Relaymedia

Forced Marriage Morally Wrong, Says Church of England

( [email protected] ) Mar 12, 2008 11:23 AM EDT

Forced marriage is "morally and legally wrong," the Church of England’s Mission and Public Affairs Council said on Monday in response to a Home Office consultation on “marriage to partners from overseas.”

A Home Office-funded study published this week revealed that forced marriages are far more widespread in the United Kingdom than official figures suggest. The study, which looked only at Luton, found that local community organizations were dealing with 300 forced marriage cases, far exceeding the findings of a previous study which stated that the Government’s forced marriage unit responds to 300 cases a year across the entire UK.

“The practice of forcing one of the partners to marry in order to be able to sponsor a marriage visa and gain immigration advantage cannot be justified and is to be strongly condemned,” said the Rt. Rev. Tom Butler, Bishop of Southwark.

“We support policy that is most likely to give protection to those who most need it.”

The Church of England voiced its support for the study’s recommendation to raise the minimum age that someone may sponsor a marriage partner from abroad or be sponsored as a spouse to 21 years.

Butler stressed that the idea of personal consent was key to the Christian understandings of marriage.

"The Christian description of marriage as a voluntary union for life between one woman and one man, to the exclusion of all others, has its roots in the early biblical stories in Genesis," he said.

"Marriage has been understood in the Christian tradition as a sign of the love between Christ and his Church, which is freely given, not forced,” he added. “Therefore what essentially makes a true marriage in the Christian understanding is the couple’s voluntary consent to a lifelong monogamous union.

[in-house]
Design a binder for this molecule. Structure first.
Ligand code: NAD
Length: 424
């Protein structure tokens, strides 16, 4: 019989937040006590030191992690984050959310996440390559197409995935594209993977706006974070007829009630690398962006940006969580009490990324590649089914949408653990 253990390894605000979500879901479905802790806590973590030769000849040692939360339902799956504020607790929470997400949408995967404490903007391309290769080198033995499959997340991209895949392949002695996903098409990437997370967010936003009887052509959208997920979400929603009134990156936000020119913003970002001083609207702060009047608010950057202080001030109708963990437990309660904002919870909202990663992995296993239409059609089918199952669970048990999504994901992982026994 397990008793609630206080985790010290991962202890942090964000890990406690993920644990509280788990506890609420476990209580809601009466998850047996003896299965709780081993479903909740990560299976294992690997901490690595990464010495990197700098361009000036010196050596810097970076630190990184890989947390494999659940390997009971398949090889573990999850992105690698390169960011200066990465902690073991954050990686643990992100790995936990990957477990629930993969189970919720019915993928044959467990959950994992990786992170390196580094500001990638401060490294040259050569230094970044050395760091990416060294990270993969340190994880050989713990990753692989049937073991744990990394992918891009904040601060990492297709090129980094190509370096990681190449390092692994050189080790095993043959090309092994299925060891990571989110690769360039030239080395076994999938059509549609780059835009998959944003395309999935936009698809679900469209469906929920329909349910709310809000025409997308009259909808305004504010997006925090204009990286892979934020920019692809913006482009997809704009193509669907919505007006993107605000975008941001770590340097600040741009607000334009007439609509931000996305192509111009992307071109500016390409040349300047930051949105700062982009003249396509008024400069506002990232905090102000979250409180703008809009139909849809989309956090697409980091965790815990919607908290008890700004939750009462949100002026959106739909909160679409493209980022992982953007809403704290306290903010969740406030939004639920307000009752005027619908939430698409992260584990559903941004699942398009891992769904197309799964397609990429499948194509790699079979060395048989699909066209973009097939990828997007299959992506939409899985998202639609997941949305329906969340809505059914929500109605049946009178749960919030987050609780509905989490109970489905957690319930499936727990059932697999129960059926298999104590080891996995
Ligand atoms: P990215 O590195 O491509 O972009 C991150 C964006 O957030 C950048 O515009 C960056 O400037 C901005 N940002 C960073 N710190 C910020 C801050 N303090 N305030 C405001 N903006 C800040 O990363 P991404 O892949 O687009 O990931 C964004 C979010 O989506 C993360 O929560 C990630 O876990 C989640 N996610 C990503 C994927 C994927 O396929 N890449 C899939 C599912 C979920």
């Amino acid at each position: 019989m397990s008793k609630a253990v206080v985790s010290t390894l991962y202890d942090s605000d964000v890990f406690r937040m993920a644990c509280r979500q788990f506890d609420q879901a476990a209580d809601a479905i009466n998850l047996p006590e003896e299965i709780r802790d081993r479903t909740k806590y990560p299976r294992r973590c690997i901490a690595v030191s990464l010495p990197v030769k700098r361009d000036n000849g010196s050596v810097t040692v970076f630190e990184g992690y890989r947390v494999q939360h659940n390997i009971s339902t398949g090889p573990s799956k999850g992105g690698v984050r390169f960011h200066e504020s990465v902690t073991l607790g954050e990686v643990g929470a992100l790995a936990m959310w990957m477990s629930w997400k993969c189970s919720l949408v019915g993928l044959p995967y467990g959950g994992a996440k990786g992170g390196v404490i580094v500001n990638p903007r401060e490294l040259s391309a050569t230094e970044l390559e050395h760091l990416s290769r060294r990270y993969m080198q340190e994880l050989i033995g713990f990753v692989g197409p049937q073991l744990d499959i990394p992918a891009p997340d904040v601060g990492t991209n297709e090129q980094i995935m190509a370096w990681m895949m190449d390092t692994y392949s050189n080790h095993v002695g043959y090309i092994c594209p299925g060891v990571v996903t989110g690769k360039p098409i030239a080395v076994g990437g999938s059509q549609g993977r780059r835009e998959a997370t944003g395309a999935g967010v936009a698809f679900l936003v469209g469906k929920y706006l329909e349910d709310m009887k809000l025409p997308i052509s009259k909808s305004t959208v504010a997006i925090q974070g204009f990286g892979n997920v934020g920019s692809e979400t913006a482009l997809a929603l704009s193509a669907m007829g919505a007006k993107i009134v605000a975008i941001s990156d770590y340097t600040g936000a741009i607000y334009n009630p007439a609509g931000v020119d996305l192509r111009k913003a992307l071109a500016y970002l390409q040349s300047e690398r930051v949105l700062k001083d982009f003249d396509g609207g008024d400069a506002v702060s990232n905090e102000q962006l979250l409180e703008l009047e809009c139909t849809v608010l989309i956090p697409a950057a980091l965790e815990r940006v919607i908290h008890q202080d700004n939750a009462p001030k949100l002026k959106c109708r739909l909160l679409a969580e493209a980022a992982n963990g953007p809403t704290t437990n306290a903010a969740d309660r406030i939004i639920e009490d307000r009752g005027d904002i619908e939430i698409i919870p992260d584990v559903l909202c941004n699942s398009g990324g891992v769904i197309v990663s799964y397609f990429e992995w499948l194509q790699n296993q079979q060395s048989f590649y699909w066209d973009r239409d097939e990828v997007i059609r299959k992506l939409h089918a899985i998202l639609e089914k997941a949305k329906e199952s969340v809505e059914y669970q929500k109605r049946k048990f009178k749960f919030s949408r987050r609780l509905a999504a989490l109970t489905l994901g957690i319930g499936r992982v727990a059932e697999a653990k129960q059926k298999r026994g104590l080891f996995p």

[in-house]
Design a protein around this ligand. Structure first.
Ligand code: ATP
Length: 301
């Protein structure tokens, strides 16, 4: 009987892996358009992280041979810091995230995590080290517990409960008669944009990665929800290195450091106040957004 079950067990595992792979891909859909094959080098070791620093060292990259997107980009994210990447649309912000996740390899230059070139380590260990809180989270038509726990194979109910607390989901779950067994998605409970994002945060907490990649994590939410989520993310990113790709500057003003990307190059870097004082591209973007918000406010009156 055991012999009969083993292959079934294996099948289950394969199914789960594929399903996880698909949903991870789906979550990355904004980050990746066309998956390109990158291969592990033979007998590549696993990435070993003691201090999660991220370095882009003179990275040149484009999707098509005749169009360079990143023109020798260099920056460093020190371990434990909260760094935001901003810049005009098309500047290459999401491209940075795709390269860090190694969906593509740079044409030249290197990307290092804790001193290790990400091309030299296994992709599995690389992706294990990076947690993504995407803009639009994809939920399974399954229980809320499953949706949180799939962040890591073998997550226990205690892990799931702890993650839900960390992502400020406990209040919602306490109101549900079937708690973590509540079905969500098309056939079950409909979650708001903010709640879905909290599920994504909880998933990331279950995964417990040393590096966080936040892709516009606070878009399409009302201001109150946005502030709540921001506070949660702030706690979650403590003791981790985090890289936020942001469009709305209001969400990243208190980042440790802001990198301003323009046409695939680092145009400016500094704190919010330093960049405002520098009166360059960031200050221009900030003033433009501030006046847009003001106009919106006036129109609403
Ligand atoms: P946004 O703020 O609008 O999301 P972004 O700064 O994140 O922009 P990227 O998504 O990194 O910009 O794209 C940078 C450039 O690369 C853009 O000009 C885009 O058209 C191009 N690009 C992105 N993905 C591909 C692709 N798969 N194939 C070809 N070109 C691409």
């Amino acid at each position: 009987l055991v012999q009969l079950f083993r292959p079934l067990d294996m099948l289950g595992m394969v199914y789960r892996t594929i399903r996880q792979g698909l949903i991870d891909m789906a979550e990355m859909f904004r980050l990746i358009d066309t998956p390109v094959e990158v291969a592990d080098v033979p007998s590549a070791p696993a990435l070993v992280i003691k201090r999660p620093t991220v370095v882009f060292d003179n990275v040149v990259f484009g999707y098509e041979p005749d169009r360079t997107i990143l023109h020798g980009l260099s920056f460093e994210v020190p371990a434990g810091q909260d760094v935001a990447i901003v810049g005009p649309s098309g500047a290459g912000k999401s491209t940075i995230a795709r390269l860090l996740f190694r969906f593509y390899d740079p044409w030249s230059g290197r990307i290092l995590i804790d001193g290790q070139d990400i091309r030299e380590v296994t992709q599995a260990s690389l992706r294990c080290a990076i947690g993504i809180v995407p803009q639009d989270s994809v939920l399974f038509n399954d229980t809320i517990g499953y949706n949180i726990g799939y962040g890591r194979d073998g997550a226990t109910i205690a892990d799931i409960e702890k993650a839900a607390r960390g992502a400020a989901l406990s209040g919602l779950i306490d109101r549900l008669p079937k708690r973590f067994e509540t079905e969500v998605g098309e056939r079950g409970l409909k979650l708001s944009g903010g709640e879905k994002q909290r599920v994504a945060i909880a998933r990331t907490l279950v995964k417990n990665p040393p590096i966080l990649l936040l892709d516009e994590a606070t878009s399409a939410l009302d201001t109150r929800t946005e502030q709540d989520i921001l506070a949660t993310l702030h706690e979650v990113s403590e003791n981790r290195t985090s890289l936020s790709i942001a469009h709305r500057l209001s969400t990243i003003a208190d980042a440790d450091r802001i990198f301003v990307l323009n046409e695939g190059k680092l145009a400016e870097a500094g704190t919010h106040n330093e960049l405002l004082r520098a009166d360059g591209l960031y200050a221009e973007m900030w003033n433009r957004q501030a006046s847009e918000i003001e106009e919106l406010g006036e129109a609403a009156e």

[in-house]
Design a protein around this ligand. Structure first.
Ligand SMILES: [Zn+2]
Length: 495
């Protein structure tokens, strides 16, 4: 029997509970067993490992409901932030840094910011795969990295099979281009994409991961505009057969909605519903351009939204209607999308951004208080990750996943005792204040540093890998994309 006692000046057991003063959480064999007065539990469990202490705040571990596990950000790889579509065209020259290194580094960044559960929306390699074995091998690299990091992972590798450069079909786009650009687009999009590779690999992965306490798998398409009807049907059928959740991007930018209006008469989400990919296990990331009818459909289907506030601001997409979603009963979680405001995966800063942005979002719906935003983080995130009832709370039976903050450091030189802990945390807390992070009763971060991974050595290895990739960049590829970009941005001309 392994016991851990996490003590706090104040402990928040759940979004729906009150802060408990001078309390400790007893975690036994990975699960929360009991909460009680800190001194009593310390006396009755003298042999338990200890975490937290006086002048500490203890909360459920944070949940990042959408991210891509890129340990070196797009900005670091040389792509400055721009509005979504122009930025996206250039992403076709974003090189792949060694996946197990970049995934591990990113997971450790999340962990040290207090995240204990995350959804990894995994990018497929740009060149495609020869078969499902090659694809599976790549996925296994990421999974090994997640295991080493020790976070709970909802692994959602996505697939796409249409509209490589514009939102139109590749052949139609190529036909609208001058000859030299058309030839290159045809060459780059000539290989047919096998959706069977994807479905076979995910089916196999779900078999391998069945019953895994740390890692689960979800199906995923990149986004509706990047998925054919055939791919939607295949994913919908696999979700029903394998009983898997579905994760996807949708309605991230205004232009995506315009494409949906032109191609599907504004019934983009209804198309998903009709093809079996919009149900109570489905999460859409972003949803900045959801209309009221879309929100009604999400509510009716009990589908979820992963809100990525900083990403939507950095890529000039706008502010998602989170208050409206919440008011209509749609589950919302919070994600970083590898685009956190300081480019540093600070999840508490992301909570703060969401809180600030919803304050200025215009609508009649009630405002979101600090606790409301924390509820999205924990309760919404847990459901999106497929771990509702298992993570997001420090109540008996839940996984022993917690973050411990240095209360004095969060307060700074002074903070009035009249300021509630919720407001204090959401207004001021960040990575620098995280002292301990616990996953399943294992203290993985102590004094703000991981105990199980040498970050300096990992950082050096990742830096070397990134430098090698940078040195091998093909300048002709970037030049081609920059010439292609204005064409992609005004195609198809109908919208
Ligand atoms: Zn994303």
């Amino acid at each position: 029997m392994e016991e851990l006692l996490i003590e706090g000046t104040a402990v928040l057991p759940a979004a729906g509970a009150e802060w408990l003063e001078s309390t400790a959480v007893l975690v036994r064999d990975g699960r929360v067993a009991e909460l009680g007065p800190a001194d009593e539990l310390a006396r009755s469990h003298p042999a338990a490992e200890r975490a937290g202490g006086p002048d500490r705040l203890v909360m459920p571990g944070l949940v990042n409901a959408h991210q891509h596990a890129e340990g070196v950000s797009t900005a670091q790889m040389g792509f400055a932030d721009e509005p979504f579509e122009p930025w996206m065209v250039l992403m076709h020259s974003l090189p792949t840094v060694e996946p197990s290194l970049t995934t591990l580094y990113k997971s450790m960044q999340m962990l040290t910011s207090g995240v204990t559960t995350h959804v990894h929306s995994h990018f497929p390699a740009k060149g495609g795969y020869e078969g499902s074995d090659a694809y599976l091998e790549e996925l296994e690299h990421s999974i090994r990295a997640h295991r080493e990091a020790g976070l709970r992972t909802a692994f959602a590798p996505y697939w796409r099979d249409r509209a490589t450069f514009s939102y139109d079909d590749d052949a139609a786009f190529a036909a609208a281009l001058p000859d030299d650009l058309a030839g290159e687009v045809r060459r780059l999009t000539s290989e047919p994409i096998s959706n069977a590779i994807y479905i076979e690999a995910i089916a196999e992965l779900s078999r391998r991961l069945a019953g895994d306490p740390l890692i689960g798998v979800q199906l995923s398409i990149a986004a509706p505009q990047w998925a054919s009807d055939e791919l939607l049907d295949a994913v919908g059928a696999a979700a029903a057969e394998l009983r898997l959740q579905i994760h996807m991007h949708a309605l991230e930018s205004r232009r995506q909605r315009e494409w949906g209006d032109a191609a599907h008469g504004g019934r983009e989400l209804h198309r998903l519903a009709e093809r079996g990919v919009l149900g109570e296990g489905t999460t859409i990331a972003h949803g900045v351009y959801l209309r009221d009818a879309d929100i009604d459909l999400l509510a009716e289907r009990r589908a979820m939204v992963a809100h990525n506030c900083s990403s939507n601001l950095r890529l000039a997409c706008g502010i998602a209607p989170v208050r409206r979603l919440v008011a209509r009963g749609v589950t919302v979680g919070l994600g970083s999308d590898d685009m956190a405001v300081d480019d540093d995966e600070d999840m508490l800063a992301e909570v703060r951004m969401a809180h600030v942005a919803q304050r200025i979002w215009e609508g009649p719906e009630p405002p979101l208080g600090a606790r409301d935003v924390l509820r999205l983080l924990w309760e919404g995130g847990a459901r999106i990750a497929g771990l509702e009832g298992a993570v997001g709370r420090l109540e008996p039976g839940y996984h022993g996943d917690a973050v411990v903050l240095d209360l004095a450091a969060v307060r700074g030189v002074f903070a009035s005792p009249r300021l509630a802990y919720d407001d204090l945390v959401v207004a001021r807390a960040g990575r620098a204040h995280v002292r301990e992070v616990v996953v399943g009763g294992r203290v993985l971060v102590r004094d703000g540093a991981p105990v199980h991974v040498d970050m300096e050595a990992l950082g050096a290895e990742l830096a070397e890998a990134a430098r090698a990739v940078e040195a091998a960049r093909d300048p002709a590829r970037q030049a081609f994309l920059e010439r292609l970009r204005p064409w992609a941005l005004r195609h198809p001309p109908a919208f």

“No one should enter into marriage lightly or selfishly but reverently and responsibly.”

Butler reaffirmed the Church of England’s belief that good marriage preparation would detect whether or not a young person was entering into marriage voluntarily.

"There is a strong case for increased resources for marriage preparation, education and counseling for groups working with those most at risk of being exploited, particularly if there were a risk of unintended consequences,” he said.

Butler's comments come as the Church of England is becoming open on talks about sex as it faces rising divorces rates and poor communication between couples. A guide to marriage called "Growing Together" is being published by the church.

"Sex, far from being naughty, is something thoroughly wonderful and something to be celebrated," the guide says, according to Reuters. "Like any other skill, it has to be learned ... be each other's teacher."

The guide also includes advice on such topics as housework, finances and childcare.